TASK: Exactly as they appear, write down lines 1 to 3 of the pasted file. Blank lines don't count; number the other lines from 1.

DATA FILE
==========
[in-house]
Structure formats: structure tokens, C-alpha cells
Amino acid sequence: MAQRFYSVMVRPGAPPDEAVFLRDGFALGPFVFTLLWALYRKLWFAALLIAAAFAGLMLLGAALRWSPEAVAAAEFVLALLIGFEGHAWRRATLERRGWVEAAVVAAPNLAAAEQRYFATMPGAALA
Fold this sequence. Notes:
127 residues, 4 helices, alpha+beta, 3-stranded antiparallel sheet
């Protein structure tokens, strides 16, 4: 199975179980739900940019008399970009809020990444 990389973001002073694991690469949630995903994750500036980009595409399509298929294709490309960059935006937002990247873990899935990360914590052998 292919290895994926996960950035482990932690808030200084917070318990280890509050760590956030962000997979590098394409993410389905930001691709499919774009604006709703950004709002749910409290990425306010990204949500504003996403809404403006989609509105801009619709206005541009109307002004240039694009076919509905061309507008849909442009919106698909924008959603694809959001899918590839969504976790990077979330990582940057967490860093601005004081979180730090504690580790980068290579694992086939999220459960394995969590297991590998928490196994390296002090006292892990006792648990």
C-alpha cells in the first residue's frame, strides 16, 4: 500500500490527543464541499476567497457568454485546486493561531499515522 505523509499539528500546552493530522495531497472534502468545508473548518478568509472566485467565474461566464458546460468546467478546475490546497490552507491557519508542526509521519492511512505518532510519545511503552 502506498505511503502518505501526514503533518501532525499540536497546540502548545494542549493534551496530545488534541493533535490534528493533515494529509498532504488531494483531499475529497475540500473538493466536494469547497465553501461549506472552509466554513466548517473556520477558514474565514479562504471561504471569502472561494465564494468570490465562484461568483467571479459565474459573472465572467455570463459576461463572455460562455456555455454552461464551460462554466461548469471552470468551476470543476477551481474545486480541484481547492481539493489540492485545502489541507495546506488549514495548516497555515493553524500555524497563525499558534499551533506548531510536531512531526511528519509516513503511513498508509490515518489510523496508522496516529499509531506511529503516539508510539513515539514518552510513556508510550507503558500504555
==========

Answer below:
[in-house]
Structure formats: structure tokens, C-alpha cells
Amino acid sequence: MAQRFYSVMVRPGAPPDEAVFLRDGFALGPFVFTLLWALYRKLWFAALLIAAAFAGLMLLGAALRWSPEAVAAAEFVLALLIGFEGHAWRRATLERRGWVEAAVVAAPNLAAAEQRYFATMPGAALA